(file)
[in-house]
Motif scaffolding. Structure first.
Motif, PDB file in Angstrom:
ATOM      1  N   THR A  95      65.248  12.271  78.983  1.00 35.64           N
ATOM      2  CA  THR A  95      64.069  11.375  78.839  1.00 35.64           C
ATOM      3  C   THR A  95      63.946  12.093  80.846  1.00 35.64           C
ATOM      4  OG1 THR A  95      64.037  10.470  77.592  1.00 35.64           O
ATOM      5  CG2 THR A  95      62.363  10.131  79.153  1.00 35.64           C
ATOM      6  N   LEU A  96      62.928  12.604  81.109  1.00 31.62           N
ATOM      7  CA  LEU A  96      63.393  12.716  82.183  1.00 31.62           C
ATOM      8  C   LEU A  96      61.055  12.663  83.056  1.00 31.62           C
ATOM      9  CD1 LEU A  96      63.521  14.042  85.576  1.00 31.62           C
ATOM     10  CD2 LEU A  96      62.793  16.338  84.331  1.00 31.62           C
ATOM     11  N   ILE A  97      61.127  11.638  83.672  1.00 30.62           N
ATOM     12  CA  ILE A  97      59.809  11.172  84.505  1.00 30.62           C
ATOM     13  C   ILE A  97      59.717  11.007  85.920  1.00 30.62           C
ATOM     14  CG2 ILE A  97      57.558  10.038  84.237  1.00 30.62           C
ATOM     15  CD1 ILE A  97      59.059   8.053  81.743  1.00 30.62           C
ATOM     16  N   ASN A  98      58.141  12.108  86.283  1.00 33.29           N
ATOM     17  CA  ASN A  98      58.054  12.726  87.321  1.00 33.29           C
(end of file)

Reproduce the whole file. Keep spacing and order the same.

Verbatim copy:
[in-house]
Motif scaffolding. Structure first.
Motif, PDB file in Angstrom:
ATOM      1  N   THR A  95      65.248  12.271  78.983  1.00 35.64           N
ATOM      2  CA  THR A  95      64.069  11.375  78.839  1.00 35.64           C
ATOM      3  C   THR A  95      63.946  12.093  80.846  1.00 35.64           C
ATOM      4  OG1 THR A  95      64.037  10.470  77.592  1.00 35.64           O
ATOM      5  CG2 THR A  95      62.363  10.131  79.153  1.00 35.64           C
ATOM      6  N   LEU A  96      62.928  12.604  81.109  1.00 31.62           N
ATOM      7  CA  LEU A  96      63.393  12.716  82.183  1.00 31.62           C
ATOM      8  C   LEU A  96      61.055  12.663  83.056  1.00 31.62           C
ATOM      9  CD1 LEU A  96      63.521  14.042  85.576  1.00 31.62           C
ATOM     10  CD2 LEU A  96      62.793  16.338  84.331  1.00 31.62           C
ATOM     11  N   ILE A  97      61.127  11.638  83.672  1.00 30.62           N
ATOM     12  CA  ILE A  97      59.809  11.172  84.505  1.00 30.62           C
ATOM     13  C   ILE A  97      59.717  11.007  85.920  1.00 30.62           C
ATOM     14  CG2 ILE A  97      57.558  10.038  84.237  1.00 30.62           C
ATOM     15  CD1 ILE A  97      59.059   8.053  81.743  1.00 30.62           C
ATOM     16  N   ASN A  98      58.141  12.108  86.283  1.00 33.29           N
ATOM     17  CA  ASN A  98      58.054  12.726  87.321  1.00 33.29           C